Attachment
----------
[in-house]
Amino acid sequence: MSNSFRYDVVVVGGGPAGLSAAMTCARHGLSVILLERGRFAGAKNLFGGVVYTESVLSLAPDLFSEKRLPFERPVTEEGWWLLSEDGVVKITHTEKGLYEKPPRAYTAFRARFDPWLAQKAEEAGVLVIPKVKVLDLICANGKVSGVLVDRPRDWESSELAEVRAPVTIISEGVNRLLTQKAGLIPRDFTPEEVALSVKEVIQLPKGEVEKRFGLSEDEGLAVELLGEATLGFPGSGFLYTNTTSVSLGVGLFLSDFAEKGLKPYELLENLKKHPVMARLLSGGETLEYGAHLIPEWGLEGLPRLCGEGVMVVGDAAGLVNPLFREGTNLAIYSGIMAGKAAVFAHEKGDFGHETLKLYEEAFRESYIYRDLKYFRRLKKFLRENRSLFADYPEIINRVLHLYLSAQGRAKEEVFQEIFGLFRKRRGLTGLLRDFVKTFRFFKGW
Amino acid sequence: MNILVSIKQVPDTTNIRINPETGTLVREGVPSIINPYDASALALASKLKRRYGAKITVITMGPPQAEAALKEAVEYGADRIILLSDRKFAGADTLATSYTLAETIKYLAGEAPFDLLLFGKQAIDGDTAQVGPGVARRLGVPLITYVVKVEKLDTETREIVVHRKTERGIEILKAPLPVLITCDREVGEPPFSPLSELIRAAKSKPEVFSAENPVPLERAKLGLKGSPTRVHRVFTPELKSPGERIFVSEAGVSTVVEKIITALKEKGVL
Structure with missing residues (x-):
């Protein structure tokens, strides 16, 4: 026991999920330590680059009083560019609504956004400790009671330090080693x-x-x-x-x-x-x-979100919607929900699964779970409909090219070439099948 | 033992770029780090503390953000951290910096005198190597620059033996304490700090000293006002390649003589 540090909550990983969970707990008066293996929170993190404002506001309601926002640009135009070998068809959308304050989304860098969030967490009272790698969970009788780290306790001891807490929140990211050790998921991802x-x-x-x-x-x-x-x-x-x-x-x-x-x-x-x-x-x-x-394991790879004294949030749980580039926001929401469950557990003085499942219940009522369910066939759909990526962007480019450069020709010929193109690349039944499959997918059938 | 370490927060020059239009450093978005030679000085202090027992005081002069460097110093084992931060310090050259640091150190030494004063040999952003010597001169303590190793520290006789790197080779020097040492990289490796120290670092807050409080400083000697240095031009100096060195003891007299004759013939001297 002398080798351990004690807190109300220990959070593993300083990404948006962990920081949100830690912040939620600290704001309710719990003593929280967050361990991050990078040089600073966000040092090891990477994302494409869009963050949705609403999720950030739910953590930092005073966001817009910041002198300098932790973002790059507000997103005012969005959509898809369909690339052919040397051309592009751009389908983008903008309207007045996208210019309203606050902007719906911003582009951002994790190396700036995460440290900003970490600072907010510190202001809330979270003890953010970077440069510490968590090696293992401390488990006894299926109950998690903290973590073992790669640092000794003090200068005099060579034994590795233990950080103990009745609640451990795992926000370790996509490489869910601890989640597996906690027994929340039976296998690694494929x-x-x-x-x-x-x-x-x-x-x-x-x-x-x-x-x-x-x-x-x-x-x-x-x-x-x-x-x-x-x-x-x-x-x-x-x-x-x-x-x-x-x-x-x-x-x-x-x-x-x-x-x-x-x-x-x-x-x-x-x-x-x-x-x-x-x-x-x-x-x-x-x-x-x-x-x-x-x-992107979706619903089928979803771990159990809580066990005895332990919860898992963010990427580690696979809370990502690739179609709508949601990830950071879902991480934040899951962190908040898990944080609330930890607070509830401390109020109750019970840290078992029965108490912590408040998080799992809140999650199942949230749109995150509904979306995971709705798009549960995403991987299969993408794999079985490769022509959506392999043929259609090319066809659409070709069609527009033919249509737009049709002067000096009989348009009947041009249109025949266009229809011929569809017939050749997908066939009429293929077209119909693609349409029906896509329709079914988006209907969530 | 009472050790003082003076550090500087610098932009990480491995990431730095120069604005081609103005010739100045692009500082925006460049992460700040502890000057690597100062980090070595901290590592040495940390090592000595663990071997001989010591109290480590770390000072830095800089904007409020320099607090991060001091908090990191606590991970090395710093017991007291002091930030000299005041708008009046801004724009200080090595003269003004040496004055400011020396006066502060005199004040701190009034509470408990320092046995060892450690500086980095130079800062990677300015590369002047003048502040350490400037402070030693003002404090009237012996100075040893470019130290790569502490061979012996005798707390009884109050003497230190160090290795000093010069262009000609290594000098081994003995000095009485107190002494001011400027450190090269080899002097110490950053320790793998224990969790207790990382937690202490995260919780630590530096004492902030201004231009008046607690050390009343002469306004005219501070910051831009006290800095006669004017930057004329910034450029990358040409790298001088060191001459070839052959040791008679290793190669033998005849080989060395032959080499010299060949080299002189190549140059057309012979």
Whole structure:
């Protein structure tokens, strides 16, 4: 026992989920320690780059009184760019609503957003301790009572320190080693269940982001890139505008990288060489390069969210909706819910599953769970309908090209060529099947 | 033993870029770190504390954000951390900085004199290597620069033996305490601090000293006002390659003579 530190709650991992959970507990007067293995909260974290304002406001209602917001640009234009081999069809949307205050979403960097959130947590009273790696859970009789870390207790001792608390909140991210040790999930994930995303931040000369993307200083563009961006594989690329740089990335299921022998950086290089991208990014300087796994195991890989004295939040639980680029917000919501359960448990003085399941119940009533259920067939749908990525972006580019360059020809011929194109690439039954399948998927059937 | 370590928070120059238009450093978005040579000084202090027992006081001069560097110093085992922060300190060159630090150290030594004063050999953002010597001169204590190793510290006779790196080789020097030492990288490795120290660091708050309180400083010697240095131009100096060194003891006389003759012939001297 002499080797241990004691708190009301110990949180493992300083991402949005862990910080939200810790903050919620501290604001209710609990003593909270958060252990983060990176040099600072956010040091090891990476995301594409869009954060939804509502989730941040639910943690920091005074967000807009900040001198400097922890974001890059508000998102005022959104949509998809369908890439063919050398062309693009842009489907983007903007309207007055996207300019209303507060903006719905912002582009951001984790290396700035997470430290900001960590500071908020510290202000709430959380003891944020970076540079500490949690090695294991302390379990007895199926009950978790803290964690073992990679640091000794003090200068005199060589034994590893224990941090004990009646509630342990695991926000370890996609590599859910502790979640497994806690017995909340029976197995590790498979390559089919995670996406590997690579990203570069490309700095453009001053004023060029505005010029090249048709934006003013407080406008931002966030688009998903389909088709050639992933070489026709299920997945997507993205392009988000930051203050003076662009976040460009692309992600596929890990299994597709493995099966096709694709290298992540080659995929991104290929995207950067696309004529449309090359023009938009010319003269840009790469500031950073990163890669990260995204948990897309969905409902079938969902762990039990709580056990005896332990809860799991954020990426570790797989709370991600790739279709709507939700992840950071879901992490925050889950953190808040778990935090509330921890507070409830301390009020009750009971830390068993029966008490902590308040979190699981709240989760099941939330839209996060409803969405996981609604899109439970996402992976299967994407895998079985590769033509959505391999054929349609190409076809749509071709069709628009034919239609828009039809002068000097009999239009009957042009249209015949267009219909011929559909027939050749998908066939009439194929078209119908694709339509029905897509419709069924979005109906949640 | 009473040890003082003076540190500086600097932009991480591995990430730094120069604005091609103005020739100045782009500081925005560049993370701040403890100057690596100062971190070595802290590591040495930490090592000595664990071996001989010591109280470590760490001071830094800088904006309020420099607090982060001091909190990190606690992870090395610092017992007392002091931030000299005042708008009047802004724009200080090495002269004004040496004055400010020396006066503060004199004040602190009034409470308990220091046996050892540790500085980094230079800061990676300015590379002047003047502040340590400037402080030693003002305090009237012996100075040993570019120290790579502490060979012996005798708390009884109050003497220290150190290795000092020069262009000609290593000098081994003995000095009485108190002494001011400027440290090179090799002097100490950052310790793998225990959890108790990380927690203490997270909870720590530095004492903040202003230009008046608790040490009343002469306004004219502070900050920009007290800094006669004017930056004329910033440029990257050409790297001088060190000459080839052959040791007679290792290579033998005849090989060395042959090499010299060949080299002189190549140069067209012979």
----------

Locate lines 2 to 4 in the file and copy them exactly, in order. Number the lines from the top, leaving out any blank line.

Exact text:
Amino acid sequence: MSNSFRYDVVVVGGGPAGLSAAMTCARHGLSVILLERGRFAGAKNLFGGVVYTESVLSLAPDLFSEKRLPFERPVTEEGWWLLSEDGVVKITHTEKGLYEKPPRAYTAFRARFDPWLAQKAEEAGVLVIPKVKVLDLICANGKVSGVLVDRPRDWESSELAEVRAPVTIISEGVNRLLTQKAGLIPRDFTPEEVALSVKEVIQLPKGEVEKRFGLSEDEGLAVELLGEATLGFPGSGFLYTNTTSVSLGVGLFLSDFAEKGLKPYELLENLKKHPVMARLLSGGETLEYGAHLIPEWGLEGLPRLCGEGVMVVGDAAGLVNPLFREGTNLAIYSGIMAGKAAVFAHEKGDFGHETLKLYEEAFRESYIYRDLKYFRRLKKFLRENRSLFADYPEIINRVLHLYLSAQGRAKEEVFQEIFGLFRKRRGLTGLLRDFVKTFRFFKGW
Amino acid sequence: MNILVSIKQVPDTTNIRINPETGTLVREGVPSIINPYDASALALASKLKRRYGAKITVITMGPPQAEAALKEAVEYGADRIILLSDRKFAGADTLATSYTLAETIKYLAGEAPFDLLLFGKQAIDGDTAQVGPGVARRLGVPLITYVVKVEKLDTETREIVVHRKTERGIEILKAPLPVLITCDREVGEPPFSPLSELIRAAKSKPEVFSAENPVPLERAKLGLKGSPTRVHRVFTPELKSPGERIFVSEAGVSTVVEKIITALKEKGVL
Structure with missing residues (x-):